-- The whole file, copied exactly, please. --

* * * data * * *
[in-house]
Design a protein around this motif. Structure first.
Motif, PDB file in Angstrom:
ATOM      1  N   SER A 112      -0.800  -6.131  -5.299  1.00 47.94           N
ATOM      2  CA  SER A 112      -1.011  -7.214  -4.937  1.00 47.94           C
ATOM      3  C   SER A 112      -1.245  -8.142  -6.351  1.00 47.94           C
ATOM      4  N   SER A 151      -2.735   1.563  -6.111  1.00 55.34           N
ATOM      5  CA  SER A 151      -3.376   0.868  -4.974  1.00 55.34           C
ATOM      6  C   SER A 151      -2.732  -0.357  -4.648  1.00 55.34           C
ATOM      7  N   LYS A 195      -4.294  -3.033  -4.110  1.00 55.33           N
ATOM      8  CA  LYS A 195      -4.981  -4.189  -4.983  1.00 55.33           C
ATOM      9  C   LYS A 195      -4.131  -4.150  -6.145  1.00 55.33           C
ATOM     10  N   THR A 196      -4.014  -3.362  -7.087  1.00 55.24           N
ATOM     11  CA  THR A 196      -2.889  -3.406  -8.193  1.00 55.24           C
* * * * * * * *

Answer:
[in-house]
Design a protein around this motif. Structure first.
Motif, PDB file in Angstrom:
ATOM      1  N   SER A 112      -0.800  -6.131  -5.299  1.00 47.94           N
ATOM      2  CA  SER A 112      -1.011  -7.214  -4.937  1.00 47.94           C
ATOM      3  C   SER A 112      -1.245  -8.142  -6.351  1.00 47.94           C
ATOM      4  N   SER A 151      -2.735   1.563  -6.111  1.00 55.34           N
ATOM      5  CA  SER A 151      -3.376   0.868  -4.974  1.00 55.34           C
ATOM      6  C   SER A 151      -2.732  -0.357  -4.648  1.00 55.34           C
ATOM      7  N   LYS A 195      -4.294  -3.033  -4.110  1.00 55.33           N
ATOM      8  CA  LYS A 195      -4.981  -4.189  -4.983  1.00 55.33           C
ATOM      9  C   LYS A 195      -4.131  -4.150  -6.145  1.00 55.33           C
ATOM     10  N   THR A 196      -4.014  -3.362  -7.087  1.00 55.24           N
ATOM     11  CA  THR A 196      -2.889  -3.406  -8.193  1.00 55.24           C